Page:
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Why rent a car in Warsaw?
Both the capital and geographic center of Poland, Warsaw is a vibrant, metropolitan city. With the ease of getting around the city and the wide availability of parking, though at a cost, Warsaw is convenient to visit with a rental car. However, the real benefit of renting a car is the ability to immerse yourself in the history and nature of Poland outside of its capital city.
Top ways to enter Warsaw
Most travelers flying to Warsaw will arrive at Warsaw Frédéric Chopin Airport (WAW). The airport is the largest in Poland and is located just 8 km south of the city center. The rental car desks are located in the terminal, either in the public arrival hall or on the mezzanine level.
A smaller number of travellers may arrive via Warsaw Modlin Airport. This small airport, as is often the case with airports served by Ryanair, is not actually in Warsaw, but about 40 kilometers north of the center of the city. Currently, Ryanair is the only airline serving the airport. Rental desks are available in the terminal and it is possible to book you rental car online.
With trains arriving from across Europe, many travelers may also arrive at one of the city’s three main train stations. Most trains stop at all three stations. Warszawa Centralny is the largest of the stations. It is also where travelers can pick up their rental cars.
Useful city facts
Warsaw was originally founded at the beginning of the 14th century. Its importance would grow over the following centuries until it would become the Polish capital when King Sigsimund III Vasa would move his court from Krakow at the end of the 16th century. The city would come under Prussian and Russian rule until World War I. After the war, the city would once again become the capital of an independent Poland until WWII.
The Second World War would devastate the city after Germans occupied, created a ghetto for the Jewish population, liquidated the ghetto, and finally razed the city after the Polish Uprising. Almost 85% of its buildings would lie in ruble at the end of the war. The city was painstakingly rebuilt after the war with many buildings, particularly those in the Old Town, built using pre-war architectural plans.
Finally, the end of World War II would follow with a Soviet-backed communist government coming to power. After four decades of communist rule, Warsaw was finally once again the capital of a free and independent Poland in 1989. Poland would later become a member of the European Union, with Warsaw as its vibrant capital.
Warsaw experiences a contenetal climate. If visiting during the summer, travelers will experience warm to occasionally hot weather. Precipitation may be present, but most days will be sunny and dry. Travelers should pack summer clothes and a jacket for cooler temperatures after the sun sets. On the other hand, in winter, travelers will experience cold and, more than likely, snow. Travelers should pack warm winter clothes during this time of year.
Travelers should be careful when it comes to exchanging currency in Warsaw. Do not, if at all possible, exchange money at the airport. If you must, only exchange the amount you need before you reach the city center. The same is true for the train station. Wait until you reach the city to exchange money. The rates given in the city center are usually much better than those at the airport and train stations.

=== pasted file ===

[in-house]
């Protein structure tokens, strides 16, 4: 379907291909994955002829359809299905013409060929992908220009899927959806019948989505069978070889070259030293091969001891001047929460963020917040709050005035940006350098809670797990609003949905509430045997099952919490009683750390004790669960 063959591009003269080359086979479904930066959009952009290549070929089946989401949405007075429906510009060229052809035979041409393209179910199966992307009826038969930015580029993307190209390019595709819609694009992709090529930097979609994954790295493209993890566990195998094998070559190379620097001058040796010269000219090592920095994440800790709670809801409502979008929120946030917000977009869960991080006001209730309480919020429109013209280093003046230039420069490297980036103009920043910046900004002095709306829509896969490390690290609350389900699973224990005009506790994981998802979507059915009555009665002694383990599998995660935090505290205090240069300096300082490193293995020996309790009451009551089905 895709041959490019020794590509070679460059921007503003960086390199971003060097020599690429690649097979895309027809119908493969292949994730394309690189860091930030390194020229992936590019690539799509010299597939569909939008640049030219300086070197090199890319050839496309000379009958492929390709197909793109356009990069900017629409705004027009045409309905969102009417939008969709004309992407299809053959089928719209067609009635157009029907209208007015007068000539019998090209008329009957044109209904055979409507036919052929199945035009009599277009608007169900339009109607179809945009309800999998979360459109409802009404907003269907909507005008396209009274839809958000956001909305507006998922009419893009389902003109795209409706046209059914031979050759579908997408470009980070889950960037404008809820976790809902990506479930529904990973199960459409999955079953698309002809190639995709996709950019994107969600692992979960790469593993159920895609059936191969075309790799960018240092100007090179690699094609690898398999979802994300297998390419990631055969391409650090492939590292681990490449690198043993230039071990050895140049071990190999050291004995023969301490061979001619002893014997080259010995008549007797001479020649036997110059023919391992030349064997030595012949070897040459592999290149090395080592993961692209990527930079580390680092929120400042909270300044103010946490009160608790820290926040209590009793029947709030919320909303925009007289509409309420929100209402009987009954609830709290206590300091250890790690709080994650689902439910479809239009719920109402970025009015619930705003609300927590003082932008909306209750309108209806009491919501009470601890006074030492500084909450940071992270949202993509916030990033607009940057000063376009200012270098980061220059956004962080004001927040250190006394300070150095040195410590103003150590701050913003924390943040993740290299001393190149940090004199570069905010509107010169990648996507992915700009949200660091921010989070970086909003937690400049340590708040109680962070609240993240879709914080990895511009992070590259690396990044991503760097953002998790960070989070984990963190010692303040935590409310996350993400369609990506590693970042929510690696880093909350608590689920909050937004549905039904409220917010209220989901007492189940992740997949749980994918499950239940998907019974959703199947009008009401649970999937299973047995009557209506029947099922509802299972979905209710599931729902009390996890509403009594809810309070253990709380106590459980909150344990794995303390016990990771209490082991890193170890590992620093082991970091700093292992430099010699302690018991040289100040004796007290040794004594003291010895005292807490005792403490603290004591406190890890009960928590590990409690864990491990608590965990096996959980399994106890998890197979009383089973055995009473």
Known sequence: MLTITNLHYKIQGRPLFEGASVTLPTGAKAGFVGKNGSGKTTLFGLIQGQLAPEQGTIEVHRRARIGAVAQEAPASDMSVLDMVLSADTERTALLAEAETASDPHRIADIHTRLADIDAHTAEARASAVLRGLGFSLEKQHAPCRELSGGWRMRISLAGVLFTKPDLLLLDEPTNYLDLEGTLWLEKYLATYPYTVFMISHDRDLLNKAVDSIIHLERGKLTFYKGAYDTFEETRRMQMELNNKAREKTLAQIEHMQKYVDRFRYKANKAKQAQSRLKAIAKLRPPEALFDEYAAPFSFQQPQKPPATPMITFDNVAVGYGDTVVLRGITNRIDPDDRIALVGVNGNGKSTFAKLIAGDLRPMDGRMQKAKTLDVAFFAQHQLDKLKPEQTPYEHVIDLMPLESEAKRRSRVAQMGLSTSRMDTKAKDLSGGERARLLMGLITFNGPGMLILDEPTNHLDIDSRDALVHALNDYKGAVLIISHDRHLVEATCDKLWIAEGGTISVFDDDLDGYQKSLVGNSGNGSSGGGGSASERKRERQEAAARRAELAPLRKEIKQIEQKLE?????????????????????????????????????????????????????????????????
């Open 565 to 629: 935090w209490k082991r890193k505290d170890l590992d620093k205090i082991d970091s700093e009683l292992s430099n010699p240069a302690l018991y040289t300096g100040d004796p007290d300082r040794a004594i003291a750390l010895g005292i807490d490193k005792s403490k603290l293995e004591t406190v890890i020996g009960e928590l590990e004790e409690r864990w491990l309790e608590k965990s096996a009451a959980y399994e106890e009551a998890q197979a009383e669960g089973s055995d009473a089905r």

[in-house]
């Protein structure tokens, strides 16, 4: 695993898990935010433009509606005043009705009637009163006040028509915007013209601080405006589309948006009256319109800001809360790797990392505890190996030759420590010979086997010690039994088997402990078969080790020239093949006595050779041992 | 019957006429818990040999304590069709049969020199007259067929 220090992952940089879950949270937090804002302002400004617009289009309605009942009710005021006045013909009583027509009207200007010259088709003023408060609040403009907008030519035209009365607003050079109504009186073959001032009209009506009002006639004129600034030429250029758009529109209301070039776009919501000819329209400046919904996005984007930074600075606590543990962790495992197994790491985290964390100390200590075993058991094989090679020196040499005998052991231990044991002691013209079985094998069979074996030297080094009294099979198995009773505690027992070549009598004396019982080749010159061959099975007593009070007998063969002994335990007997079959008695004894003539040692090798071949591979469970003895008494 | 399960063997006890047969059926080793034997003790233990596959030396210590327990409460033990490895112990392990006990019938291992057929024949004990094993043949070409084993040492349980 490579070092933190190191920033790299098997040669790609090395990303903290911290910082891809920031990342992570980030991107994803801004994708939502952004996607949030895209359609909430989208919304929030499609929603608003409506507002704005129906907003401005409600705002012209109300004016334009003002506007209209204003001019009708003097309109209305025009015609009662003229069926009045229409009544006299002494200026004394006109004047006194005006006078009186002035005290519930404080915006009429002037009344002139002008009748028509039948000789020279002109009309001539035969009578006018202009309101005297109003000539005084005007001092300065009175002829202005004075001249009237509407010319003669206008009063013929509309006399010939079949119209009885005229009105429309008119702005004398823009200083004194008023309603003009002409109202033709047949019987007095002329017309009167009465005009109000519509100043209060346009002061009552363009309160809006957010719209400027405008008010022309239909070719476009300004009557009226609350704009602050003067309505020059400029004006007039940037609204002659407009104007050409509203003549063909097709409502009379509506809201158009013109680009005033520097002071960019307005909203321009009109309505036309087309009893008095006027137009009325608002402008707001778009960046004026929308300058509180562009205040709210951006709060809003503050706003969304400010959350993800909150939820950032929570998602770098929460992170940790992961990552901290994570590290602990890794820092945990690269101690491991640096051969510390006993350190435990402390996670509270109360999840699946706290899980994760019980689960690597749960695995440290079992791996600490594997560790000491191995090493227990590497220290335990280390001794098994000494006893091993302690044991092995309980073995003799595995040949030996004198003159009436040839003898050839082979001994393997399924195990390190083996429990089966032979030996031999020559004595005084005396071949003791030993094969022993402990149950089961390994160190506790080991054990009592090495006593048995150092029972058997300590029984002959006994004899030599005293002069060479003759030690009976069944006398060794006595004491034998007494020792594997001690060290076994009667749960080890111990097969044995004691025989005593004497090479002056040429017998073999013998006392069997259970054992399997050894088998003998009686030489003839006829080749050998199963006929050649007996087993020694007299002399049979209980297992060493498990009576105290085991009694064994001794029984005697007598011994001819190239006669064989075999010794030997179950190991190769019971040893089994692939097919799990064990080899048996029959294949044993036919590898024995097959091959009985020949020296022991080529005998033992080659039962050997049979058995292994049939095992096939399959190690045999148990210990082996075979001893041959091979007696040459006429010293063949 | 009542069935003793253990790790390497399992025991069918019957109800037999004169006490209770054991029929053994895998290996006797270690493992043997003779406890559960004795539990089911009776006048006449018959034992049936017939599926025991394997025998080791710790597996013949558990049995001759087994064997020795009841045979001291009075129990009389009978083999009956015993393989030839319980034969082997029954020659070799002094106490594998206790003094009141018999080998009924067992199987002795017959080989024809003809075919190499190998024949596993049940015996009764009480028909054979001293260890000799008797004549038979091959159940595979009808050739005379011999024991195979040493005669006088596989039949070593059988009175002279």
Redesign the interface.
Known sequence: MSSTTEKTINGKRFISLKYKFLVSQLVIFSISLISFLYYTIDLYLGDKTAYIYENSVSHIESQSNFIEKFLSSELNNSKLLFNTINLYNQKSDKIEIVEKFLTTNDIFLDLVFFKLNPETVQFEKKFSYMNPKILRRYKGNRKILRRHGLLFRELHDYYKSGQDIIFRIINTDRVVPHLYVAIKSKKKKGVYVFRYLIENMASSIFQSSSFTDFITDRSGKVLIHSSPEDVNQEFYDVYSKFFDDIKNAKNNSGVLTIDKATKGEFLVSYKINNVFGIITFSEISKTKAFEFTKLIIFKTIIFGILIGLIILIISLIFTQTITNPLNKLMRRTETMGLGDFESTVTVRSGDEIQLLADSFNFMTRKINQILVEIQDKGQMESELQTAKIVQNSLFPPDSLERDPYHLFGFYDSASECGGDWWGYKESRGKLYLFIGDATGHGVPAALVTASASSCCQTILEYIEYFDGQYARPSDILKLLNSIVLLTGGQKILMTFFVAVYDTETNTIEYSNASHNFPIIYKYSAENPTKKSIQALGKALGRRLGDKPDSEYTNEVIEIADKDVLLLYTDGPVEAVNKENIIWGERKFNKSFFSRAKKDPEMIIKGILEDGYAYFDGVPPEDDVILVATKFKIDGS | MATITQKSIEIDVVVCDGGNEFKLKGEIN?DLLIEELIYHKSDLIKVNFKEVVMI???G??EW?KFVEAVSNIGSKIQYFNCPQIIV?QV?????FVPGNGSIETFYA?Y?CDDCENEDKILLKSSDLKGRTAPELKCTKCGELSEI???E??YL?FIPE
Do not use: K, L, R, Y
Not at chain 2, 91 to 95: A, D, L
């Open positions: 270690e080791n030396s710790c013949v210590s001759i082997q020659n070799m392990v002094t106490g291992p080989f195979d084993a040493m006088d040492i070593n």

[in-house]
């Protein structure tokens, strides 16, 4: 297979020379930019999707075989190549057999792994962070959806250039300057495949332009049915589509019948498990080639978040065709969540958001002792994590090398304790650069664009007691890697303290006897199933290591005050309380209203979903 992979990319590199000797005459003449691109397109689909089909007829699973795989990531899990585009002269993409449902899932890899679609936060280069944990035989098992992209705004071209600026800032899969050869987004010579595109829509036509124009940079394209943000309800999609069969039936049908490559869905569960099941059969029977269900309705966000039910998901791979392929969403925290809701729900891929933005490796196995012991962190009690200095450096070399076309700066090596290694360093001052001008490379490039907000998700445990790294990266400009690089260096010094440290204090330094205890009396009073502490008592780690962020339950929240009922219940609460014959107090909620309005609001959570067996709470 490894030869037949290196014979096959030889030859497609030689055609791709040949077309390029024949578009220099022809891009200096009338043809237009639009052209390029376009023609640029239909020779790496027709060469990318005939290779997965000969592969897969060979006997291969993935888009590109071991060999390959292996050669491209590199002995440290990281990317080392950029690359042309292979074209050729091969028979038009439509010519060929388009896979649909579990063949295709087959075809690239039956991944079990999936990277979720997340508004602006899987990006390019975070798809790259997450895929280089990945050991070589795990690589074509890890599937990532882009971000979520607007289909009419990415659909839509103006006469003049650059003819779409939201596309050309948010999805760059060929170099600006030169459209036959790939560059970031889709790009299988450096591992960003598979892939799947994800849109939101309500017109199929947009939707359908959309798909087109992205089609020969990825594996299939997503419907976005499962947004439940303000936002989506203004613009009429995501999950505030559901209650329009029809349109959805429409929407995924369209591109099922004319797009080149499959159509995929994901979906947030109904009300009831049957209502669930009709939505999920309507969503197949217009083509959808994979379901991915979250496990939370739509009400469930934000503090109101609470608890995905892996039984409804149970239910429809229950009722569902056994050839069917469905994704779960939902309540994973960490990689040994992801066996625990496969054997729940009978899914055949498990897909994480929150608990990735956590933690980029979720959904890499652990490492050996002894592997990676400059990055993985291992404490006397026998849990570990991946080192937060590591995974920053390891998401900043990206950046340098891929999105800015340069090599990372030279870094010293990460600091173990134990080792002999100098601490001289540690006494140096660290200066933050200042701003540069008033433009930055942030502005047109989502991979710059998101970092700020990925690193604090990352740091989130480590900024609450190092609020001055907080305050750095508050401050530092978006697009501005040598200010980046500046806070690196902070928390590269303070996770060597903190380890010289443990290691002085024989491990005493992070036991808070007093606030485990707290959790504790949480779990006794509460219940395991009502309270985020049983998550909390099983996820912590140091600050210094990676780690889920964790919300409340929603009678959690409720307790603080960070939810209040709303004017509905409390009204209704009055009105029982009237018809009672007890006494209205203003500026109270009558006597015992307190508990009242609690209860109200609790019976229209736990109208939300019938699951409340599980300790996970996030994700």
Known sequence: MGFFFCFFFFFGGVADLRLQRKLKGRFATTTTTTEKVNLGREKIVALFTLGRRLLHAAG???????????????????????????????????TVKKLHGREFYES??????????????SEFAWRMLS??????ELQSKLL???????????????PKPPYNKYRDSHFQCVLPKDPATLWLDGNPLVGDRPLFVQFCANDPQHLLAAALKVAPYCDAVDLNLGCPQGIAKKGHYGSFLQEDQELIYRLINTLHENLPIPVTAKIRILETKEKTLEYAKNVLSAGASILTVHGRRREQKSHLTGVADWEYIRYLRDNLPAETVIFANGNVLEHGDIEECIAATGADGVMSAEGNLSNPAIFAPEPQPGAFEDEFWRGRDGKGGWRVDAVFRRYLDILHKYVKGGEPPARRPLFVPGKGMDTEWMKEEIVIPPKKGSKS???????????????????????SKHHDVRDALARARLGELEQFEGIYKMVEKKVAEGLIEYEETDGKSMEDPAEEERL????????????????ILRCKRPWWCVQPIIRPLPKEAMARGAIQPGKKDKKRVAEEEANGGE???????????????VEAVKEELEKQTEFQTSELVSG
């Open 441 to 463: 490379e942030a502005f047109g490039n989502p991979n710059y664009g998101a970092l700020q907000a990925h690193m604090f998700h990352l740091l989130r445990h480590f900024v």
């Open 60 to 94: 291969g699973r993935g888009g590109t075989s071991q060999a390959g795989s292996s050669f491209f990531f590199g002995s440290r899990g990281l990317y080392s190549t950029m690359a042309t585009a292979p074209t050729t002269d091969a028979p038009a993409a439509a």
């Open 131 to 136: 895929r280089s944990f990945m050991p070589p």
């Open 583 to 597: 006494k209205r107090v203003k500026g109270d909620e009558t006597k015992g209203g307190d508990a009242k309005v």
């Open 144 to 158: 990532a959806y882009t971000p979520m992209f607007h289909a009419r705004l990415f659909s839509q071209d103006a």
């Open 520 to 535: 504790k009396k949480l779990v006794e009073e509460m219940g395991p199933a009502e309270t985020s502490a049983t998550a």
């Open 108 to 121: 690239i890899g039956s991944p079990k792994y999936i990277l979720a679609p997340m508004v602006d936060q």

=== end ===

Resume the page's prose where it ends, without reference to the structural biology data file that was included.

One must be careful with currency exchanges in the city center, too. Know the approximate exchange rate before arriving and search for an exchange that offers a BUY rate as close as possible to it. This is important, as some places will trick potential customers by listing the sell rate first. Some will also play a trick with zeros, for example quoting 3.080 instead of 3.80. If not careful, you could fall for this and lose a significant portion of your money.
Another common ripoff is the exchange rate conversion when paying with a credit card or using certain ATMs. When paying in a store or restaurant you will be asked whether to pay in polish zloty or have them covert the purchase amount to your home currency for you. You will invariably receive a better rate from your home bank than what they offer, and sometimes their offer will be far away from the actual exchange rate. You should therefore insist on declining any offers of conversion and pay in polish zloty (i.e., use the red button on the card reader).
Top destinations and activities
- Old Town - Originally built in the 13th century, Warsaw’s Old Town sits on a hill next to the Vistula River. It was initially partly destroyed during the German invasion of Poland in 1939 before being completely destroyed during the Warsaw Uprising five years later. After the war, the buildings were meticulously rebuilt, often with the original materials scavenged from the rubble. Today, the Old Town is centered on the Market Square, hosts the Archdiocese of Warsaw and offers visitors the opportunity to visit the Royal Castle.
- Royal Route - Starting in the Royal Castle in the Old Town and leading south to the Wilanow Palace, the Royal Route follows the route taken between the Castle and Palace hundreds of years ago. Visitors can retrace those steps. The route is about 10km long. Beginning from the Castle, travelers will go down Krakowskie Przedmieście and ulica Nowy Świat, the most interesting section of the route. Further along, visitors will be able to visit Łazienki Park and the Royal Łazienki Museum.Finally visitors arrive at the Wilanow linow Palace and Park, where paid parking is available for those who wish to make the drive.
- Copernicus Science Center - This science museum located along the Vistula River in the center of the city hosts educational exhibitions for both adults and children alike. Visitors to the center are able to conduct experiments and learn about scientific laws for themselves. The center also has a Planetarium with English and Russian translations of the shows.